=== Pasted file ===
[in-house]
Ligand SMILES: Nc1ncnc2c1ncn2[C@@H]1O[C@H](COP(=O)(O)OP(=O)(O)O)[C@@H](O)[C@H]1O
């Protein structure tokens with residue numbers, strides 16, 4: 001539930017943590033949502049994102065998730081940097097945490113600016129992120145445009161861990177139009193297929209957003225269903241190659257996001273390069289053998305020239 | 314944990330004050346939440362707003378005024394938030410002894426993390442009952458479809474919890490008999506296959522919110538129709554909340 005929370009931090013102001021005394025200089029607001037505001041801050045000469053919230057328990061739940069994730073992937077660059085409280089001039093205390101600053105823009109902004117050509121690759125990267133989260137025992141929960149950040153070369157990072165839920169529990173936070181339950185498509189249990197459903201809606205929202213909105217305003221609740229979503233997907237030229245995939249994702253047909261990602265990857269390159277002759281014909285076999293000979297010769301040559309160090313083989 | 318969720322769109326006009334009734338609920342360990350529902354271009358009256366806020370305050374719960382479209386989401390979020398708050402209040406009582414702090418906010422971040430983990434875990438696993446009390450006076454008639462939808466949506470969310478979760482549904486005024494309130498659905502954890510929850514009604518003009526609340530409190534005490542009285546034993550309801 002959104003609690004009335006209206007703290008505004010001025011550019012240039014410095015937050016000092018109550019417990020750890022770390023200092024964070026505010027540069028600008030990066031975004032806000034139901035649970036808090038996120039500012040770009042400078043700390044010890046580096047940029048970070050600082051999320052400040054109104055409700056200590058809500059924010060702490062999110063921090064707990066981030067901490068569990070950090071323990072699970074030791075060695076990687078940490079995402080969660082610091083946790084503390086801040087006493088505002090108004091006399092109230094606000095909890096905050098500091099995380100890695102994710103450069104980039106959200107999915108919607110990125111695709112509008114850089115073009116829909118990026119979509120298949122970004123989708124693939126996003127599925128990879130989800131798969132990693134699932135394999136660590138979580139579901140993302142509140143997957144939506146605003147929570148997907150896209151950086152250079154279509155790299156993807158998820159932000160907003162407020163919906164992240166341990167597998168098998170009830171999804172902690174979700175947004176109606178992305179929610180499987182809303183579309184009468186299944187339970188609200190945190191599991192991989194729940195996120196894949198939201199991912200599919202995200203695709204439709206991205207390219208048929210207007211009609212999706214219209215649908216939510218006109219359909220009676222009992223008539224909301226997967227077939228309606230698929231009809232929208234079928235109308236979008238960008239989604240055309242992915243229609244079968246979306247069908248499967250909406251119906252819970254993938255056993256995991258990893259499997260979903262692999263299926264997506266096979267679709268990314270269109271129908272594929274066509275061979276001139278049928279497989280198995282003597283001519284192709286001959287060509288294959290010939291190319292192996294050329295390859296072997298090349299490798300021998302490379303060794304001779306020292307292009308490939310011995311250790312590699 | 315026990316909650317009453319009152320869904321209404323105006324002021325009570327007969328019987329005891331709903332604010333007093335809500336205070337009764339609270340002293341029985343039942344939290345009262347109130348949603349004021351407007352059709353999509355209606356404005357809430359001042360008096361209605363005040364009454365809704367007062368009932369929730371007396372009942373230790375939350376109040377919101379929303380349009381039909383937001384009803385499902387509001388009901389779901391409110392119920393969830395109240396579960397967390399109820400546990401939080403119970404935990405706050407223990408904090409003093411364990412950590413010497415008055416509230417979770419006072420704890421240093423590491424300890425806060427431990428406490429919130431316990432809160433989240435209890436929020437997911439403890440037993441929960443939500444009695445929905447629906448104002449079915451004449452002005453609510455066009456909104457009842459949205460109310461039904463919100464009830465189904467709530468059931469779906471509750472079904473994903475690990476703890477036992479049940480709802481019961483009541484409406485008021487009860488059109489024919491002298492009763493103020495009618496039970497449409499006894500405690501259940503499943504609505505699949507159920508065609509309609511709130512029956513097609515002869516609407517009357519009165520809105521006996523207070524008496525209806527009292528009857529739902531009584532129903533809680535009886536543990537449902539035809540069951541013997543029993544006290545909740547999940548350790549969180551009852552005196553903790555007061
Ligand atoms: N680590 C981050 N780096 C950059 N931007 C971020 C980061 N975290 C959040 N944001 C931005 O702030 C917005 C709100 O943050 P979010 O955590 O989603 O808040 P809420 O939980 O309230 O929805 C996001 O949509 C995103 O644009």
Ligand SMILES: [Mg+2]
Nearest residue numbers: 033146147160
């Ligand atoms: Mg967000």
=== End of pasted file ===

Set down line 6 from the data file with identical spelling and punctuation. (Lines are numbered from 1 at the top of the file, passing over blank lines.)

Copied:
Nearest residue numbers: 033146147160